Gursimar Sawhney

 Last July, Cynthia Hammond was enjoying time with her nine-year-old grandson. As they laughed at an unflattering passport picture she had just taken, her grandson pointed out an abnormality on her neck. She shared her concerns with a family doctor and was adamant to get a CT scan. She was instead met with disregard and treated the concerns as non-urgent, but Hammond knew better than to wait. She met with another doctor, a pulmonologist. After a PET scan showed abnormalities around the lymph node, she went to meet with an oncologist for further treatment.

“He brought in a sheet of paper that said ‘Guidelines’. He said, ‘We’ll follow the guidelines; we’ll start you on chemo right away followed by radiation.'”

Before identifying the cancer, the oncologist suggested starting treatment right away. However, a former transcriber of 30 years at the National Cancer Institute, Hammond knew the right questions to ask, to the surprise of the doctor. She wanted to know what kind of cancer she had before taking any next steps.

Cynthia recounted, “He said ‘We’ll do the biopsies, but were going to follow the guidelines.’ And my husband of 38 years said, ‘She’s not a guideline—she’s an individual. You need to treat her as an individual.’”

And Hammond made sure this individuality was honored throughout treatment. Cynthia’s PET scan showed two affected areas—one around her thyroid and one wrapped around her ear. When the doctors ordered a single biopsy, Cynthia knew to stick to her intuition. While taking the doctor’s recommendation into account, Cynthia made sure her point of view was recognized and ultimately asked for two different biopsies. She finally got some answers—and the results were quite unique.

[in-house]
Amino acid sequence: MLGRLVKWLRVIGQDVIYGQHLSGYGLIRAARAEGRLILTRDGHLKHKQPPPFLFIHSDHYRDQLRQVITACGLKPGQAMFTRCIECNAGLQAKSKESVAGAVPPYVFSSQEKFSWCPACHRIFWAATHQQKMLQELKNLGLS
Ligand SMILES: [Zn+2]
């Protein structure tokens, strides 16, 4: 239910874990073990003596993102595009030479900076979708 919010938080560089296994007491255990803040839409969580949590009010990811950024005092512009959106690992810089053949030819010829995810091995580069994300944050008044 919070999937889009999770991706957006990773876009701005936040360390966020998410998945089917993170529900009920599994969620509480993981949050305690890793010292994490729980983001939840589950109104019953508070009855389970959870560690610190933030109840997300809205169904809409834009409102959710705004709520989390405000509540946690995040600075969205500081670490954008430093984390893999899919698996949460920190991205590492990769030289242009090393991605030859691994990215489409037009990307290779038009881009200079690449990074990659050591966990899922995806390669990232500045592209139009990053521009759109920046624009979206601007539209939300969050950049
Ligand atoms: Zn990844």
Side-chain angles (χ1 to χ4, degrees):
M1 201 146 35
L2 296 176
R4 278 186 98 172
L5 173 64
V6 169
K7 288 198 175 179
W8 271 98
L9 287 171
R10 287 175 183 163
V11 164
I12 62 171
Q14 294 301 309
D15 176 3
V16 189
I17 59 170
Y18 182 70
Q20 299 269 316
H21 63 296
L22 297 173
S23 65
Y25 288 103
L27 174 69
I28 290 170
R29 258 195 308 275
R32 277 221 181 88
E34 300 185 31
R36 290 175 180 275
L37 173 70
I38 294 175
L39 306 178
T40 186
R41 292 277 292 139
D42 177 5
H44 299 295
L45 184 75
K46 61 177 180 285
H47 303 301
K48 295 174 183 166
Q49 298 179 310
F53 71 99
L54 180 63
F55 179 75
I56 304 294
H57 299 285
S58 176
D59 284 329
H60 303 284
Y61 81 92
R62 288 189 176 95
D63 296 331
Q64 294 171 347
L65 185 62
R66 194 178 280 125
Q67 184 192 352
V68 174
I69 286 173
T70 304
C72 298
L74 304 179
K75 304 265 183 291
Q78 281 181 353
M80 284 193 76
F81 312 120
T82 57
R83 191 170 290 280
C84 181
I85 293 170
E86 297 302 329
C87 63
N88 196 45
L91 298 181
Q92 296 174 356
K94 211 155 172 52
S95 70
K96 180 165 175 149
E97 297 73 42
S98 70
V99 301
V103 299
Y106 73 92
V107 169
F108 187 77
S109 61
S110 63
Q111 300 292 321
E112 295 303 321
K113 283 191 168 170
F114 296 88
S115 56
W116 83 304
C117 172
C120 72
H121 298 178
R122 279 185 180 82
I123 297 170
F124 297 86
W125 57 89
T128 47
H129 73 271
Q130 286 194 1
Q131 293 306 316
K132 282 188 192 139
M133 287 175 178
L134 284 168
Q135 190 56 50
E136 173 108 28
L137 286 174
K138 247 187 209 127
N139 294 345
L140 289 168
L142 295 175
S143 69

“So, five pathologists later it turned out that I had a stage 4 squamous cell carcinoma of the head and neck of unknown primary and also, simultaneously, a stage 4 papillary thyroid cancer. I had two cancers fighting for the same area. So that changes the whole treatment.”

Due to the unusual circumstance that two cancers were to be treated in the same area, her results were shared with many doctors to determine the best treatment.

“The radiation oncologist took a look at my PET scan and the CT scan and asked if it would be okay to send my case to the tumor board. And I agreed that whatever the tumor board in Charlotte decided was my best course of treatment that I would follow.”

Hammond went forward with surgical removal of the tumors of the head and neck followed by a thyroidectomy. In the process, her salivary gland was also removed. After the surgery she did radiation therapy for the tumors near her ear and was to follow with a radio-iodine treatment for the tumors near her thyroid. However, the radiation therapy caused Cynthia’s esophagus to shrink to four millimeters and she was unable to eat for weeks until she finally agreed to put in a feeding tube in June. In four months, Cynthia had lost 98 pounds. However, it was not in vain.

“[In] May I had another PET scan and it was NED—no evidence of disease […] still dealing with the side effects of not being able to eat, having no saliva, and being tired, but I have my life and that’s what counts.”